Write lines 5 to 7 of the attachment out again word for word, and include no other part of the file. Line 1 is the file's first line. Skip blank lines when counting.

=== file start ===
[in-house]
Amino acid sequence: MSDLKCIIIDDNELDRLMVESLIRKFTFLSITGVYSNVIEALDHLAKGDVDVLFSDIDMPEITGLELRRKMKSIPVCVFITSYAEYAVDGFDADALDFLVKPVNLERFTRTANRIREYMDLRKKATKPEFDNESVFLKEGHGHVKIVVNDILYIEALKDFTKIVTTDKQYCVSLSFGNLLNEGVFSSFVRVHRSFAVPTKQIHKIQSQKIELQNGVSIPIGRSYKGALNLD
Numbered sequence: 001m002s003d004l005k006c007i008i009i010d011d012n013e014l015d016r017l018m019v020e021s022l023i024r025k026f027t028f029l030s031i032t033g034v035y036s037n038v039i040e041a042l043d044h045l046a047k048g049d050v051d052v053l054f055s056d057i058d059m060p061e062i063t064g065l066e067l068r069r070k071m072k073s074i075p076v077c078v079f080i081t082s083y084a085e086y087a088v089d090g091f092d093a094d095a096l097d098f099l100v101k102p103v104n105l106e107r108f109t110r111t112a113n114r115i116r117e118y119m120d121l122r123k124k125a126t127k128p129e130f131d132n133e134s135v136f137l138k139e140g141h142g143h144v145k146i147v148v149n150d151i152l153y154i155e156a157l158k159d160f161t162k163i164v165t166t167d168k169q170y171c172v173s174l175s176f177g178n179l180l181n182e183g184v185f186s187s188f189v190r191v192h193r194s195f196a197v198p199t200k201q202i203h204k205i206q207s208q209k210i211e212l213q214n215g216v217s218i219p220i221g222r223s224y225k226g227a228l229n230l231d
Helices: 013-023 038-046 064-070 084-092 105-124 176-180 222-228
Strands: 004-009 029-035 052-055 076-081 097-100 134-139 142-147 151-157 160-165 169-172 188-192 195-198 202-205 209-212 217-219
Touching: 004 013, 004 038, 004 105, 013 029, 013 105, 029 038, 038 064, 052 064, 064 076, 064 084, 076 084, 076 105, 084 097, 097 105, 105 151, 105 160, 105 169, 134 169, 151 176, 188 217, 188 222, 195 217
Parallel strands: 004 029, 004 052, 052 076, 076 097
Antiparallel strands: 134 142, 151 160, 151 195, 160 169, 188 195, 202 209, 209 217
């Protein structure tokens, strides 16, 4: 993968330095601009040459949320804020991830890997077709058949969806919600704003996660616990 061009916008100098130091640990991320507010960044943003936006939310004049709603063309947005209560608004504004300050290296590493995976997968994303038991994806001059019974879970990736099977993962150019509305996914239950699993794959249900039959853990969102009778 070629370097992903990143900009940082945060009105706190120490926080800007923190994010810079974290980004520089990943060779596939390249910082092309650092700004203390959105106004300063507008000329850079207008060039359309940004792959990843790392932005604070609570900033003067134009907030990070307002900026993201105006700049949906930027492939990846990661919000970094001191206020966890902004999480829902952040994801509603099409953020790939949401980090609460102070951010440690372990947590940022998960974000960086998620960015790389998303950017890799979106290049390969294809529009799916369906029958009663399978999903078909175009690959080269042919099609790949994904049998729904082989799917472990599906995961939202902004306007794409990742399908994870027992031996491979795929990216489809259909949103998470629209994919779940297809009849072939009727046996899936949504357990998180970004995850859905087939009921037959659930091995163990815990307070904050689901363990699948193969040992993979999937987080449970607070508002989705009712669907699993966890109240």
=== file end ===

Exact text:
Strands: 004-009 029-035 052-055 076-081 097-100 134-139 142-147 151-157 160-165 169-172 188-192 195-198 202-205 209-212 217-219
Touching: 004 013, 004 038, 004 105, 013 029, 013 105, 029 038, 038 064, 052 064, 064 076, 064 084, 076 084, 076 105, 084 097, 097 105, 105 151, 105 160, 105 169, 134 169, 151 176, 188 217, 188 222, 195 217
Parallel strands: 004 029, 004 052, 052 076, 076 097